Book Reviews

Book Review: An Hour Before Daylight by Jimmy Carter – Things Were Different Nearly 100 Years Ago

I can remember my parents telling me stories about what New York City was like when they were growing up. It was a place seemingly alien to me. My mother talked about hanging out near the railroad tracks with other kids where they would start fires and roast potatoes (likely stolen) until they saw the “local dick” coming and they’d all take off running. Things like lining in a cold-water flat were unknown to me. I suppose one day, the same will be true when my grandchildren listen to my stories Rabbit-ear antennas? Black & white television? Living without a microwave? Having a car without air conditioning? That’s like a completely different world to them.

In An Hour Before Daylight, former President Jimmy Carter reminisces about growing up in rural Georgia. Specifically, it’s about the successful farm his father owned and his own role in it growing up. Jimmy was out there with his father every day with chores he was responsible for. In this day and age, it’s an anomaly to see children working at a young age. I imagine it’s still done on some farms, however, the mechanization of everything and the use of heavy equipment have changed what they can do on the farm.

Reading this, I enjoyed the stories. I live in a rural area now, but I grew up mostly in suburbia. From my reading of the Little House books, I know children were expected to help (that was one of the reasons people had children, and particularly why sons were desired) but the extent to which a child was given independent responsibility surprised me. This was also a time when sharecropping still prevailed in the South. Although Carter’s father was fairer than most, it was still his land and the people who lived and worked along with the Carter family often struggled to survive.

Folks never considered that the real tragedy of Reconstruction was its failure to establish social justice for the former slaves.

At the same time, as a child, Jimmy spent a lot of time with these people and came to admire them. Many times he would eat with them and get to experience families different from his own. He didn’t really understand the implications of separate but equal, but just accepted that this was the way things were. His friends were children of those black families living on the land, and if they had the opportunity to go see a film, they couldn’t sit together in the theater but would join up again when they came out after the film. This sows the seeds for later in life when Carter would challenge the status quo and the Jim Crow laws.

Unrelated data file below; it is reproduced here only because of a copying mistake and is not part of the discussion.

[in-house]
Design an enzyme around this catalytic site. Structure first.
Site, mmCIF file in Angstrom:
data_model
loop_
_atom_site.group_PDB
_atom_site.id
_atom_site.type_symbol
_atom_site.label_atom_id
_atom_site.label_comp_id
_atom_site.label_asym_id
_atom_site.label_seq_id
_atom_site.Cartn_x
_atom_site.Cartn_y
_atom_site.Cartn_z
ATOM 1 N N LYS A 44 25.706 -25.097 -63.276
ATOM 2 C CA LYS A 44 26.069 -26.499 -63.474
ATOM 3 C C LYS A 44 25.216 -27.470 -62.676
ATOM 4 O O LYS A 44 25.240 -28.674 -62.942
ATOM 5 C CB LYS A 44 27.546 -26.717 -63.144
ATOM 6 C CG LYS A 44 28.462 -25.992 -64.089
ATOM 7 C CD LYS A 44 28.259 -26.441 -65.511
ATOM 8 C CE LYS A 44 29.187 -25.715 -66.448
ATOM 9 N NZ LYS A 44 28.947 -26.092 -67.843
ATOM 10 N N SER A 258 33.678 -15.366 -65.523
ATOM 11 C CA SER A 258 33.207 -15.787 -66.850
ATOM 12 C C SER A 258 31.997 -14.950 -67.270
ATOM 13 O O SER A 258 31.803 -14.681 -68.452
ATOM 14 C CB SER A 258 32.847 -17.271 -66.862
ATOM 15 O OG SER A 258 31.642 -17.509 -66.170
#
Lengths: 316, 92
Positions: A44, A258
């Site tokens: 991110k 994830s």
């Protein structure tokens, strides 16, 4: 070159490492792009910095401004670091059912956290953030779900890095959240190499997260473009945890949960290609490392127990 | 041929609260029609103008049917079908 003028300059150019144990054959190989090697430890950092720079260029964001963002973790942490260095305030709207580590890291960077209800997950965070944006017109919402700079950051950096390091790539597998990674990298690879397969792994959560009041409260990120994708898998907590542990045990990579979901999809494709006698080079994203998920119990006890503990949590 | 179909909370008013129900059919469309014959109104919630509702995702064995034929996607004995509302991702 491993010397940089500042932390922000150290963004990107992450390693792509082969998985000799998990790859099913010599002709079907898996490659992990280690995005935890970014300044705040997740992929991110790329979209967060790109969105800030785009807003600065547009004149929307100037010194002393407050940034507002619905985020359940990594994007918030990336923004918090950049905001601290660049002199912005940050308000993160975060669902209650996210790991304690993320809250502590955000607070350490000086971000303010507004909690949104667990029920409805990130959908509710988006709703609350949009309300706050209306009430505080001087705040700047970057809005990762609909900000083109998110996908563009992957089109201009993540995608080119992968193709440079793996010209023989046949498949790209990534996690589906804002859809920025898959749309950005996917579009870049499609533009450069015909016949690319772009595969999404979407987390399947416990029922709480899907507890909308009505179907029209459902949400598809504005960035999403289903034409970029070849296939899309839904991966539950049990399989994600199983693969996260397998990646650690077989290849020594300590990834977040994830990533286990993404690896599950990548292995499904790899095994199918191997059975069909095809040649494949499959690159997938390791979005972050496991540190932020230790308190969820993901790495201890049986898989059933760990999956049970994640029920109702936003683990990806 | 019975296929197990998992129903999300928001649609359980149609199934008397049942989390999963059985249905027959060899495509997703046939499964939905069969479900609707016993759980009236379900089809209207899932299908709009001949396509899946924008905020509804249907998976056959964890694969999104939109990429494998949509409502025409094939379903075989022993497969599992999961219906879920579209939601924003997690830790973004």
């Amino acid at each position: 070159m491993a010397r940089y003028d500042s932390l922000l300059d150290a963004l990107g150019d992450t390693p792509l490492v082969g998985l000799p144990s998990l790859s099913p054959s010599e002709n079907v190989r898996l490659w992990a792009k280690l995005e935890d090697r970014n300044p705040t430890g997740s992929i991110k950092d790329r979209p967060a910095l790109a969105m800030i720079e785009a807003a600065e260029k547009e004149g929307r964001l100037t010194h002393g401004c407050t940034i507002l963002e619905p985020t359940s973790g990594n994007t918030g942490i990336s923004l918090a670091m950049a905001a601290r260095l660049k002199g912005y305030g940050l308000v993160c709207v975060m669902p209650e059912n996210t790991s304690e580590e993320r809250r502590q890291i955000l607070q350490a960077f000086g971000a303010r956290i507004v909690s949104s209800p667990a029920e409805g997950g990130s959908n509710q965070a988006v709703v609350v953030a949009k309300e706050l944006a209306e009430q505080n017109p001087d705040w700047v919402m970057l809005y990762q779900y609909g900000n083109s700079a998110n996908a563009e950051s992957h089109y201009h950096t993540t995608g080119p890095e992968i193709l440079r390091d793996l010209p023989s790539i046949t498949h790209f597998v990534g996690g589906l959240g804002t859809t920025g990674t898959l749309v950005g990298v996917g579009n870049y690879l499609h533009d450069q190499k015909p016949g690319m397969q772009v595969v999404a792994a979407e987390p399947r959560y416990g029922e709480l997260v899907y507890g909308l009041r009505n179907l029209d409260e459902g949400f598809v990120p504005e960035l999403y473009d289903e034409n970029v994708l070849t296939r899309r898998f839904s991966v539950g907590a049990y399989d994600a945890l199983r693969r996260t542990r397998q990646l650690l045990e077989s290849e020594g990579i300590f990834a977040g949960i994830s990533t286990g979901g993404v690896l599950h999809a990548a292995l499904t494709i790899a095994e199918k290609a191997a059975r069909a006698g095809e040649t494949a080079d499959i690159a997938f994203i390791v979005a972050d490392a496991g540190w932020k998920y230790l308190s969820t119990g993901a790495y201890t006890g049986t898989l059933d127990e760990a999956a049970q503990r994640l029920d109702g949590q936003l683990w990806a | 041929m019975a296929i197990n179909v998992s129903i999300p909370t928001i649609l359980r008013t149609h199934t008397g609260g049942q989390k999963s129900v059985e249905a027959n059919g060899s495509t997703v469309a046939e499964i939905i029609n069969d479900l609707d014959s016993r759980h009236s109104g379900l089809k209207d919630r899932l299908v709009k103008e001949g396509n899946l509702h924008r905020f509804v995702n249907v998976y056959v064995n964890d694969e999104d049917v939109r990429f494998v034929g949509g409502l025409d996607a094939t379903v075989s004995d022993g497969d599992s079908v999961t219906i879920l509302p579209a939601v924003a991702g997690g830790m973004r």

Carter tells the story of Depression-Era rural Georgia in remarkable detail. There was no running water, electricity, or indoor plumbing initially in the home. I would have thought it was a horrible time to be a farmer, but Carter finds much joy in the way he was brought up. Things were simpler. The life he led of working on the farm, attending school, and having independence a child of this age could never have is remarkable. I can’t imagine even when I was growing up just taking off to camp out with my friends and fish overnight with no adult supervision. Yet, the boys would do that and return home just fine.

While reading this, I could see how this all influenced Carter the adult. He saw his neighbors as his equals, even if the times didn’t. He describes town life and the dynamics that took place among the different families and their members. His mother was a nurse and worked at the hospital or privately, so there was a bit more respect (and money) for the family there. It also gave them connections to other people in town. People would often call on his mother to help when they became sick. Everyone knew each other and if Jimmy got out of line anywhere, his father or mother would hear about it.

The only thing I can say that seemed to be missing were details about the family itself. It seems like Jimmy only saw his two younger sisters, Gloria and Ruth, when they walked to school together or rode the bus, and at night at dinner. It seems their life was confined to inside the house, while Jimmy was busy with learning to operate the farm with his father. There doesn’t seem to have been very emotional attachment between the men. James Earl Carter Sr. was a good father and a good provider, but it sounds by all accounts like he was emotionally unavailable.

The size of farms has grown tremendously, and racial prejudice in both private and federal lending agencies has channeled the limited capital available for heavy equipment and expansion to white farmers. Black land-ownership has decreased rapidly, in proportion to the increase in average size of farms.

I thoroughly enjoyed reading An Hour Before Daylight. There’s no real story here. It’s simply Carter’s memories from growing up. He’s such a terrific writer, though, that it was a very enjoyable read. I recommend it, no matter your political persuasion.

4 replies »

  1. This reminds me of things my late mother-in-law told me. She would be roughly Carter’s ago, I believe, born in 1922 if memory serves. Her home was a bit more well-to-do, however. She talked about a freedom that doesn’t exist anymore for children. She grew up in a small town in Arkansas. As a child, she was told to address (white) adults as “Miz” or “Mr.” but black adults by their first names. “Even as a child,” she once told me, “I knew that just wasn’t fair.”

    • In New York, my parents didn’t understand what life was like in the “ghettos” before the riots happened in the 1960s. It really opened their eyes a lot, so people who say they accomplish nothing are wrong. It brings attention to conditions people would have liked swept under the rug. I think anyone with an ounce of true humanity would be appalled at the differences in social & economic status.

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